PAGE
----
J Neurol Res
Journal of Neurology Research, ISSN 1923-2845 print, 1923-2853 online, Open Access
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Case Report

Volume 5, Number 6, December 2015, pages 291-293

Neurofibromatosis 1 With Arnold-Chiari Type 1 Malformation

Ayse Serap Karadaga, Emin Ozlua, b, Necmettin Akdeniza, Tugba Kevser Uzuncakmaka, Ozge Akbulaka, Burce Can Kurua, Mukaddes Kavalaa

aDepartment of Dermatology, Goztepe Research and Training Hospital, Istanbul Medeniyet University, Istanbul, Turkey
bCorresponding Author: Emin Ozlu, Department of Dermatology, Goztepe Research and Training Hospital, Istanbul Medeniyet University, Istanbul, Turkey

Manuscript accepted for publication October 13, 2015
Short title: Neurofibromatosis Type 1
doi: http://dx.doi.org/10.14740/jnr358e


Neurofibromatosis type 1 (NF-1) is the most common neurocutaneous syndrome. Even though it is often associated with a wide variety of central nervous system (CNS) dysplasias, the association with Arnold-Chiari type 1 malformation is unusual. Herein, we describe a patient with both NF-1 and Chiari type 1 malformation.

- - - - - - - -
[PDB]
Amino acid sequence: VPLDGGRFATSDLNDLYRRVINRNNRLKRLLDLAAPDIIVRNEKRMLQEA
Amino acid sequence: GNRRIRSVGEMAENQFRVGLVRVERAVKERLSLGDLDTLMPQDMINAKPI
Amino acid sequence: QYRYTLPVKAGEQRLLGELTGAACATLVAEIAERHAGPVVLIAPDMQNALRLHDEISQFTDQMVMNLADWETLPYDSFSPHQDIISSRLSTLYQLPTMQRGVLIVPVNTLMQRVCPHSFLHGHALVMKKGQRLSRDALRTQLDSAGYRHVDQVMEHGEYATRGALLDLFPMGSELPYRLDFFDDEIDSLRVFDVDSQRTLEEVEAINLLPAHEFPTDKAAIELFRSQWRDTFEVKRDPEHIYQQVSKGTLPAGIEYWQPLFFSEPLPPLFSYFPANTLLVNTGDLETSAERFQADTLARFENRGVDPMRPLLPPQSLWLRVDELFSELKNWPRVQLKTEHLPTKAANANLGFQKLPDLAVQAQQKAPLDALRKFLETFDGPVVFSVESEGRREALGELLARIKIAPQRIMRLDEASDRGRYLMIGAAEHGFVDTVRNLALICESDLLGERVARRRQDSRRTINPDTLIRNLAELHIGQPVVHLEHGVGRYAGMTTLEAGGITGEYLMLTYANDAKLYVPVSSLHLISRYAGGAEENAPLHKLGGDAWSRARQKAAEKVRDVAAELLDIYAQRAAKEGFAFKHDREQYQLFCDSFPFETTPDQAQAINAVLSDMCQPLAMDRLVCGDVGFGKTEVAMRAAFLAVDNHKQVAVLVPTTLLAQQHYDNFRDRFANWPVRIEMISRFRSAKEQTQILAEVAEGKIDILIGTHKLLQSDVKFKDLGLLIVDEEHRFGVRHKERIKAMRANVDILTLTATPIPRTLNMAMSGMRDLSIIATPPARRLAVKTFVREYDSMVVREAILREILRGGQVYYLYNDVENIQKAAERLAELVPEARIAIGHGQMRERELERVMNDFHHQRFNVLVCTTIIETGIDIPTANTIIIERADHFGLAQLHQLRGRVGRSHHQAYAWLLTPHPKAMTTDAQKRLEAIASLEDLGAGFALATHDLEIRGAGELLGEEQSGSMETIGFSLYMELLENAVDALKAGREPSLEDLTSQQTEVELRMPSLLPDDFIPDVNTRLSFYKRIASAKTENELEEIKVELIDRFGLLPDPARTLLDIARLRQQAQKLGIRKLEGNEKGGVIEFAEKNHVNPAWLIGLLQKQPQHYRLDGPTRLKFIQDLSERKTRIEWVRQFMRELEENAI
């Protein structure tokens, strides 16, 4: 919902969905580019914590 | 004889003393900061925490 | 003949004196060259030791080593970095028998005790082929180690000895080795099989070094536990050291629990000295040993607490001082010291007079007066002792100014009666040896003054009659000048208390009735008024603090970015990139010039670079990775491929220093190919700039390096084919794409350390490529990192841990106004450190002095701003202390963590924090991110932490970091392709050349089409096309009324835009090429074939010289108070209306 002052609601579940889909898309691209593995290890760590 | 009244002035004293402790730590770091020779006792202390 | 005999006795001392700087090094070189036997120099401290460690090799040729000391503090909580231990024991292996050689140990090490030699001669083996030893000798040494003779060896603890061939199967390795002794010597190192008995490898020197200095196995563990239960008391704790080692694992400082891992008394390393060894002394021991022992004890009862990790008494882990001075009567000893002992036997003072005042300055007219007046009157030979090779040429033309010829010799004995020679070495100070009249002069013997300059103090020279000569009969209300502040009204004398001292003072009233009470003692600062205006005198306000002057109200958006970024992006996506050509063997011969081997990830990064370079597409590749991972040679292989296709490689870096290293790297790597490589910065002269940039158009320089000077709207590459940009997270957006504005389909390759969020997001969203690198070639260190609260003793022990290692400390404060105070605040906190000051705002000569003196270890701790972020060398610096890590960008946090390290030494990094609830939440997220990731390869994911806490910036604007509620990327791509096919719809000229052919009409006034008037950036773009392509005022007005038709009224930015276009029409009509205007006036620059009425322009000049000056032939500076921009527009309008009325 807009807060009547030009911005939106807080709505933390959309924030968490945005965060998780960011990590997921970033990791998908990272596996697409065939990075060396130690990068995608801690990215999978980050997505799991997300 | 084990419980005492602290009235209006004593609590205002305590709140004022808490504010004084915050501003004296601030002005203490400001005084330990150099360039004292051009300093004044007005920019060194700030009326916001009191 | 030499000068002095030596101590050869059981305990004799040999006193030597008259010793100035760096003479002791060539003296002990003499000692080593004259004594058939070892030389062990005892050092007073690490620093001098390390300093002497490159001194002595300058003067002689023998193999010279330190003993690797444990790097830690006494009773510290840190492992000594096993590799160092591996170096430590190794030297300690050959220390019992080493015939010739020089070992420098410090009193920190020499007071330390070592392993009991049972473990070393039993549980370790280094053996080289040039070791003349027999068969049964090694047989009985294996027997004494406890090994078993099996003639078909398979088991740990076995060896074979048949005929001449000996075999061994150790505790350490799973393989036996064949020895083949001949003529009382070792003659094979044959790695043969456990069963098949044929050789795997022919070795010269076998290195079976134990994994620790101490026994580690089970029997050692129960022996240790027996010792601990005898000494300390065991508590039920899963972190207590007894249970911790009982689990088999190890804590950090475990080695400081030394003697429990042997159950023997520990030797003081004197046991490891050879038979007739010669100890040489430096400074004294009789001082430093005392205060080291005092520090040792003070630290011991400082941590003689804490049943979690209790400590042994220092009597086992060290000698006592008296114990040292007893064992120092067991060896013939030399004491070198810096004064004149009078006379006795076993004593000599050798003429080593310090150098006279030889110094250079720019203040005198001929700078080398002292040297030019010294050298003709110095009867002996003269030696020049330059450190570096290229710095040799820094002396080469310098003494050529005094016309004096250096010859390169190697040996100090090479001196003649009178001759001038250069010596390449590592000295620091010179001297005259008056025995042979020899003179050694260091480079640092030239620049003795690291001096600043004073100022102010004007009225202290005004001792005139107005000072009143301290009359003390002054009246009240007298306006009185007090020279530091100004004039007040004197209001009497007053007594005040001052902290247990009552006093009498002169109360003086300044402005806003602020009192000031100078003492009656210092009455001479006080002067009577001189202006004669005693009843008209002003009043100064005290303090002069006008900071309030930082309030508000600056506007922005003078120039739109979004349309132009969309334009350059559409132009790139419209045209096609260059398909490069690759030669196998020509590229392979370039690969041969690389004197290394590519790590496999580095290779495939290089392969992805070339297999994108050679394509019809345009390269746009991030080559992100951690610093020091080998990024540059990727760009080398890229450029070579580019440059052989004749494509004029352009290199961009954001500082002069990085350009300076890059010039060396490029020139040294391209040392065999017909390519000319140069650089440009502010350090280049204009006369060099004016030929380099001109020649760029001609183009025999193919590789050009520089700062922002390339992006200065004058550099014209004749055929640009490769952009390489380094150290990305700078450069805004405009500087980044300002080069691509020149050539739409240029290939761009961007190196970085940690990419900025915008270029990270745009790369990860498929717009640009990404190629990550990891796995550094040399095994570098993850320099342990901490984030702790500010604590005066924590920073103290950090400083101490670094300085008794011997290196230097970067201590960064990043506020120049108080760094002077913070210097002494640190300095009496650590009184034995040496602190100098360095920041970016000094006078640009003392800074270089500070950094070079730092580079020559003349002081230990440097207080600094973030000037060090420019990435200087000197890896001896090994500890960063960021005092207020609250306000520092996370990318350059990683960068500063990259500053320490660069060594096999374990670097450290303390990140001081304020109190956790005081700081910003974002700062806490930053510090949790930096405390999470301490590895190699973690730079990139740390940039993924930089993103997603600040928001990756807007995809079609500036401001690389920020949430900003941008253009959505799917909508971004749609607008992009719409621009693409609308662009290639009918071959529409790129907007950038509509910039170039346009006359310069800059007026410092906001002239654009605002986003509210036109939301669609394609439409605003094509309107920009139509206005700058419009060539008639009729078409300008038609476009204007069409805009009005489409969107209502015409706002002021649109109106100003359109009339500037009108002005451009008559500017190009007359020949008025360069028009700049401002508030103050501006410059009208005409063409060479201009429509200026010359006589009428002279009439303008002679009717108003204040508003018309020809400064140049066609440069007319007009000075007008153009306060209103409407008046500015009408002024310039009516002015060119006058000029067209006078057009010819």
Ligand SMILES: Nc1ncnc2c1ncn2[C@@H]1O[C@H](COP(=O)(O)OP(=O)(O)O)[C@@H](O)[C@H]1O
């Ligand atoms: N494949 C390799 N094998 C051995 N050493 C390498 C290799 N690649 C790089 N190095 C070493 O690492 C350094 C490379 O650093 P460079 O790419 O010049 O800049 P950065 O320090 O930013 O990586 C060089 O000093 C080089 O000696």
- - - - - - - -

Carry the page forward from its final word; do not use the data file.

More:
Keywords: Neurofibromatosis 1; Arnold-Chiari type 1 malformation


Neurofibromatosis type 1 (NF-1) is a hereditary disease with autosomal dominant (AD) trait, and has an increased prevalence of various benign and malignant tumors. Major dermatological findings of NF-1 are cafe au lait spots, neurofibromas, and axillary freckles whereas various findings like Lisch nodule, optic glioma, bonny and cerebral dysplasias can create the systemic findings of this disease. Chiari malformation (CM) is a rare congenital anomaly which is characterized by herniation of cerebellar tonsills through the foramen magnum [1]. Neurological involvement can present itself with learning difficulties, and attention disorder is the neurological involvement which can further be accompanied with different types of malignancies like malignant peripheral nerve sheath tumors, menengiomas, and ependymomas [1]. There are few cases in literature about the NF-1 and CM combination.

Case Report▴Top 

A 22-year-old female patient presented to our clinic with complaints of brownish macules and skin-colored polypoid tumors located on her trunk and extremities (Fig. 1). Brownish macules first appeared on her trunk at the age of 2 and the skin-colored polypoid nodules appeared at the age of 9. Her both lesions had increased in number in time, spreading to the extremities and other sites of the body. Also, she complained of numbness in her hands for the last 2 years.

Figure 1.